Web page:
According to an article published today in The Independent   in a new survey of 700 children - they have seemingly lost touch with the natural world and are unable to identify common animals and plants.

Half of youngsters aged nine to 11 were unable to identify a daddy-long-legs, oak tree, blue tit or bluebell, in the poll by BBC Wildlife Magazine. The study also found that playing in the countryside was children's least popular way of spending their spare time, and that they would rather see friends or play on their computer than go for a walk or play outdoors.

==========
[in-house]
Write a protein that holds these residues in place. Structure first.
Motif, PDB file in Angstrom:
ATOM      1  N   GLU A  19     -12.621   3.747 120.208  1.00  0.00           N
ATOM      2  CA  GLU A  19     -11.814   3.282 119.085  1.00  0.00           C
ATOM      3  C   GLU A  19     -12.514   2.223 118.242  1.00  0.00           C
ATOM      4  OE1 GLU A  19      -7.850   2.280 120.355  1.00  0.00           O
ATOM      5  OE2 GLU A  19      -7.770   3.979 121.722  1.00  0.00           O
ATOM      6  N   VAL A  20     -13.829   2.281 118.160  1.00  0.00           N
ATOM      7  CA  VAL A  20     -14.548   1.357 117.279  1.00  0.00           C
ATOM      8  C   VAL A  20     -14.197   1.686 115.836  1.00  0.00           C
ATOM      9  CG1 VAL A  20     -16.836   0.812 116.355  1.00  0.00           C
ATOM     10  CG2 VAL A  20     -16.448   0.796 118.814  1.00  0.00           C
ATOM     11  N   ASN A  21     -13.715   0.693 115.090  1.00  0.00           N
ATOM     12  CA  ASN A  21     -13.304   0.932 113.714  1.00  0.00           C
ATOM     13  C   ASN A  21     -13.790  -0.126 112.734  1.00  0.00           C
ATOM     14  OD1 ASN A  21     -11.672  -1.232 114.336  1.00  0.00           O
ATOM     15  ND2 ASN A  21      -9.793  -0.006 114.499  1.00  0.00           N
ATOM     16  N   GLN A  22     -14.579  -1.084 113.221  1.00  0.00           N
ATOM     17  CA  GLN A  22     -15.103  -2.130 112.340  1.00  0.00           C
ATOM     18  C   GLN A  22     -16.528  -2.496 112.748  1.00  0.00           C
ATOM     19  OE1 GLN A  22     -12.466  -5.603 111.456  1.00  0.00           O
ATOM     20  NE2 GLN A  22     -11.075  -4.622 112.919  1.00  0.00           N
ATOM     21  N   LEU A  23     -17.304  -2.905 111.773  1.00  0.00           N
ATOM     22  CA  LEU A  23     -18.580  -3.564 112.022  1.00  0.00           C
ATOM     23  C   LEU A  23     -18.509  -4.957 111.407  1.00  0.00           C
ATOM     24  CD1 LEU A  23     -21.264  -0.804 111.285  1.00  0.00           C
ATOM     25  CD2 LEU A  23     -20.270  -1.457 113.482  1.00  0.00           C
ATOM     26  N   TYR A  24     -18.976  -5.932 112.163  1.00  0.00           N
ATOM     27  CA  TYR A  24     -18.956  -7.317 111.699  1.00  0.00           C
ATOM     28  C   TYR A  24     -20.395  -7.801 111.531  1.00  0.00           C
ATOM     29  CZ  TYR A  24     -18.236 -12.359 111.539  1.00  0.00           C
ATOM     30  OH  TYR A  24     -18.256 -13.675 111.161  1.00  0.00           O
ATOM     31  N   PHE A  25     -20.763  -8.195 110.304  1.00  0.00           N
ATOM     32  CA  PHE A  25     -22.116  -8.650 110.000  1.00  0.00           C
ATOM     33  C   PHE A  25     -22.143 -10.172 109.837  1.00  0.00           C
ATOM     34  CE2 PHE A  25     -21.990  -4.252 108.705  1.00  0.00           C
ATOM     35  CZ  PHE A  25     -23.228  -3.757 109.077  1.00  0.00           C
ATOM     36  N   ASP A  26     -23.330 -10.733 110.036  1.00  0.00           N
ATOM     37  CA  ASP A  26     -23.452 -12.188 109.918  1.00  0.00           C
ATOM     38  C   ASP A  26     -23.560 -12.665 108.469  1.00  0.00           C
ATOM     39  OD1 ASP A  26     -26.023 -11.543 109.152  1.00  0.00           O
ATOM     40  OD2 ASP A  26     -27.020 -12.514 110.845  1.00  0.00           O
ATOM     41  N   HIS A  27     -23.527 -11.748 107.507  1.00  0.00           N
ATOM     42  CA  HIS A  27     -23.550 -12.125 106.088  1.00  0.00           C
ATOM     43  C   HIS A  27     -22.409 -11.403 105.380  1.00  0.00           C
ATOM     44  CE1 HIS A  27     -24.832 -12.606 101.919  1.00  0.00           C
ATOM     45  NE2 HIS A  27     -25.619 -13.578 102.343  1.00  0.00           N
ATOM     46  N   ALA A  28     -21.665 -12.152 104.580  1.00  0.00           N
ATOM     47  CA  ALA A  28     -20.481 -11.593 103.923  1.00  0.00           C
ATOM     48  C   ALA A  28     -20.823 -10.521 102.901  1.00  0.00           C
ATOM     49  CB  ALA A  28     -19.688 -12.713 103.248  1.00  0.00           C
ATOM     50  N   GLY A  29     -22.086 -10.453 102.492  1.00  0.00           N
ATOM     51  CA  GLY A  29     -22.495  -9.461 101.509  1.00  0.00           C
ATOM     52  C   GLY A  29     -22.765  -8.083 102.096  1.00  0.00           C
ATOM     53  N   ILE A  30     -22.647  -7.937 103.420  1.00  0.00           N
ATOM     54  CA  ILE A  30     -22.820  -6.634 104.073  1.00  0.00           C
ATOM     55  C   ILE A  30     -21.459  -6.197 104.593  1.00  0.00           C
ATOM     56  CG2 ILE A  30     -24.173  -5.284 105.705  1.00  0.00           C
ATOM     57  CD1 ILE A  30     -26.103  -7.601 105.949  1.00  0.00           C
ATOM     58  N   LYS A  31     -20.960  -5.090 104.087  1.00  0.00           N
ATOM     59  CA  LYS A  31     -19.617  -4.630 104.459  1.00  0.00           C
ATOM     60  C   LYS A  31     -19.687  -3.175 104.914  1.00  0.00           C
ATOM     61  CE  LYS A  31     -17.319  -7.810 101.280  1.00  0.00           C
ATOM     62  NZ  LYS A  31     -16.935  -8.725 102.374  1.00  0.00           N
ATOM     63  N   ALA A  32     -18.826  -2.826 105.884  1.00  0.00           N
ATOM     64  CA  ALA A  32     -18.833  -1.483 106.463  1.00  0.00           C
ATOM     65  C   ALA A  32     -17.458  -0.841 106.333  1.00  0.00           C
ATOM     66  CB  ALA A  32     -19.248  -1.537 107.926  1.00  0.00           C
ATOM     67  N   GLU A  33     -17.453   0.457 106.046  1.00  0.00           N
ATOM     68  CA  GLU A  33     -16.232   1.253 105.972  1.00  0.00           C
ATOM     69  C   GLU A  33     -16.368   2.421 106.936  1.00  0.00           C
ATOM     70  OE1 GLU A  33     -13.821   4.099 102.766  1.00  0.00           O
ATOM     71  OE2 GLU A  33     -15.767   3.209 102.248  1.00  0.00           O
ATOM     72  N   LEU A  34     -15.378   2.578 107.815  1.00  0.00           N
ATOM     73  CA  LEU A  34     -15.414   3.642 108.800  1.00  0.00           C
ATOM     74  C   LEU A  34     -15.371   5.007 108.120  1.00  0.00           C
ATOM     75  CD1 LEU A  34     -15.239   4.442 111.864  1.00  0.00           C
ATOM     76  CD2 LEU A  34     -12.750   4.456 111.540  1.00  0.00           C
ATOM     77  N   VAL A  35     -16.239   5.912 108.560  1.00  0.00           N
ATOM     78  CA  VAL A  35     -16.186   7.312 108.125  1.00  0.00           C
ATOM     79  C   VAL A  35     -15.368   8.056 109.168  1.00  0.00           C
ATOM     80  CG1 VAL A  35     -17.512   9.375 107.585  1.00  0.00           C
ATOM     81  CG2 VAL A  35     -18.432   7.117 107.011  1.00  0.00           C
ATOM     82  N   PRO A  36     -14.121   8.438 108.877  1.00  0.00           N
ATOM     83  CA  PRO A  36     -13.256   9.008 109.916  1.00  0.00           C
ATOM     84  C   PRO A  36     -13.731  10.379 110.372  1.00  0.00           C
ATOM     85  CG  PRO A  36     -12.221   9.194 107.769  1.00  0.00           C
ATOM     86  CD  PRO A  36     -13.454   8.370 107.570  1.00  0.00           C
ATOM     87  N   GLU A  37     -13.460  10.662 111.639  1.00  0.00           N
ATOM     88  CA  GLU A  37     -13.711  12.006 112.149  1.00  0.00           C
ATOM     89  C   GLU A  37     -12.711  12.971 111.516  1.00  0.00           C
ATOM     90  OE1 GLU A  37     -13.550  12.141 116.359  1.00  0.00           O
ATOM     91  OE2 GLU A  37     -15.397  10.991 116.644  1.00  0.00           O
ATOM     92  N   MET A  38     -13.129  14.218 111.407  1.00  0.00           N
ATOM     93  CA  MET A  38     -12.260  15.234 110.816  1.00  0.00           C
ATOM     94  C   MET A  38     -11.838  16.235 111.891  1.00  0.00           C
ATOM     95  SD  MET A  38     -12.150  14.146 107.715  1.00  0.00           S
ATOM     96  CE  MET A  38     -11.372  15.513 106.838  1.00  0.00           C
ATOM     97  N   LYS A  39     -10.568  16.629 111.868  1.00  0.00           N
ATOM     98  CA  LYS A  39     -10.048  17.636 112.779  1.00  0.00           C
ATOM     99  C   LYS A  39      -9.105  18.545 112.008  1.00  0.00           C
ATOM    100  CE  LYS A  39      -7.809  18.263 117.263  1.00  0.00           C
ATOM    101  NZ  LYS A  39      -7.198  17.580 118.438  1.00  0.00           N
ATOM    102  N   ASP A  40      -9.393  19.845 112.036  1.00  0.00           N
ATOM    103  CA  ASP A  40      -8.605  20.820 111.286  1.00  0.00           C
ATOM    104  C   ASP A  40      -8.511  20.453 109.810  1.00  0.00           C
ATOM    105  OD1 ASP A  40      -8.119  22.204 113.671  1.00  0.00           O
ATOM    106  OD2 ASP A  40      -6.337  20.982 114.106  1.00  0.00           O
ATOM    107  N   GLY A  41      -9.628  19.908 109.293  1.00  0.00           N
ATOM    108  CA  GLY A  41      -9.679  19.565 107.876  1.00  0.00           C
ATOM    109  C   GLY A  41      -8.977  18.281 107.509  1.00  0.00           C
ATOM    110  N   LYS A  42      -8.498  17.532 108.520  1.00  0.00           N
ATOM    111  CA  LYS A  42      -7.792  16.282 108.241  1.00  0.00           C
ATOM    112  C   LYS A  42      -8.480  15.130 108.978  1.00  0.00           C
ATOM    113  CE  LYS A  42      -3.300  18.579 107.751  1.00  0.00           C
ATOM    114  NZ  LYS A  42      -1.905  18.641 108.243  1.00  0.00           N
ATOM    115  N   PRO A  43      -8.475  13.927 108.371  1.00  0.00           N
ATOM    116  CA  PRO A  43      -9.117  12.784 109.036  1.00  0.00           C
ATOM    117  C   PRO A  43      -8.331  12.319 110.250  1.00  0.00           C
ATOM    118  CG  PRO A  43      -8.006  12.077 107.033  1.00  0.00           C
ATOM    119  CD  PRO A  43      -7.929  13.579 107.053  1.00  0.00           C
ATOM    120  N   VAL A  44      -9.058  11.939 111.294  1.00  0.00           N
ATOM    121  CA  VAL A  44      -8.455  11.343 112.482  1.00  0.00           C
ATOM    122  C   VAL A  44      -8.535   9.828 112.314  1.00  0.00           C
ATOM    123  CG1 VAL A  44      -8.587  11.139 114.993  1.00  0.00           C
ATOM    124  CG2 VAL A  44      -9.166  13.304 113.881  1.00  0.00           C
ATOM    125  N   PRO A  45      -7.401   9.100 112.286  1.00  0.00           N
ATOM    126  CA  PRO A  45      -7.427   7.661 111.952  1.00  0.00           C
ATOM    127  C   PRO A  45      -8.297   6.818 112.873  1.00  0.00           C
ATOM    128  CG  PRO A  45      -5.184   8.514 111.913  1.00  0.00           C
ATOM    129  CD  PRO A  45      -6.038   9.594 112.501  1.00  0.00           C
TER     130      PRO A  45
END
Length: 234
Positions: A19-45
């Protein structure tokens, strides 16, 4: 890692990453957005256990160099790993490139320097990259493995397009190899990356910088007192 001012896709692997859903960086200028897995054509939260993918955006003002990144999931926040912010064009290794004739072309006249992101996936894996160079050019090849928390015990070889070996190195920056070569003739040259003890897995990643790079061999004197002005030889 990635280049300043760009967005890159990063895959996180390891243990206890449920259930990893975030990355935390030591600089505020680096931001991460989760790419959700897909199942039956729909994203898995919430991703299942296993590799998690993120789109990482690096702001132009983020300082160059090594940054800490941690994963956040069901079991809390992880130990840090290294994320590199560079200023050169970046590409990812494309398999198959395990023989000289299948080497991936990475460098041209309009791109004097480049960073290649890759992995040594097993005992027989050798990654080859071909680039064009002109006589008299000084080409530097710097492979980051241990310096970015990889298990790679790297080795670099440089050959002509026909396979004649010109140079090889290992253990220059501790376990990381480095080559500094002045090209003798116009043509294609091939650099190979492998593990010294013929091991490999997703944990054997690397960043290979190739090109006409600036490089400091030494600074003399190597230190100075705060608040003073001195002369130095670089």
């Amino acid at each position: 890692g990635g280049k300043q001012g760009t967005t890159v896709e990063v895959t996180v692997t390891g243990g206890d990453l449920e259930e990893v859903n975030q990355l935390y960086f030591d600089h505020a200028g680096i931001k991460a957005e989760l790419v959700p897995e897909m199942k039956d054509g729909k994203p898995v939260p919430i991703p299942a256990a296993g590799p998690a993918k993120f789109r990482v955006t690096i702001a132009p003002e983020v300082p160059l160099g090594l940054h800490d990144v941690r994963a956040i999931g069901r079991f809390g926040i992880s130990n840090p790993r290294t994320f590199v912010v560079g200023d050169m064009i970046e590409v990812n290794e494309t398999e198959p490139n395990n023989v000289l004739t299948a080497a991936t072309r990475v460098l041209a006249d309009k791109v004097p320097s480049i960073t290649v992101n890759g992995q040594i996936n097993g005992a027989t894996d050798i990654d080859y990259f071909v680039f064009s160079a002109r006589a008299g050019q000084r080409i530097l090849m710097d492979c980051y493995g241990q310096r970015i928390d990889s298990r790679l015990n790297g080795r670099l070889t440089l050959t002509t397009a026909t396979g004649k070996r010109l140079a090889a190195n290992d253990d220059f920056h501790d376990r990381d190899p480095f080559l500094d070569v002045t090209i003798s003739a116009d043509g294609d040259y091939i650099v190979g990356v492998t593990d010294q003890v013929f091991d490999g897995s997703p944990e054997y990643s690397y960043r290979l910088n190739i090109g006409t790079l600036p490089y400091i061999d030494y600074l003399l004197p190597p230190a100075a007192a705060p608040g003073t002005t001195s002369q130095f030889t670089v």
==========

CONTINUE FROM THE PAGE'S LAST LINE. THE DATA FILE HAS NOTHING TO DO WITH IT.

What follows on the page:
Personally, I don't find this terribly shocking or a cause for any alarm.

If, the emotive aspects of synthetic environments are developed with appropriate consideration the end result could be really valuable. That has been the premise of educational programming since it's inception. The impact, reach and influence of technology has changed and our expectations of the child's view of the world must shift accordingly. 

The dichotomy between the physical and synthetic worlds will continue to grow exponentially. With our new economies and technologies it makes perfect sense that the natural order of things in the minds of children has shifted to focus more on cataloging, engaging and understanding synthetic worlds.

Here's a link to the original article.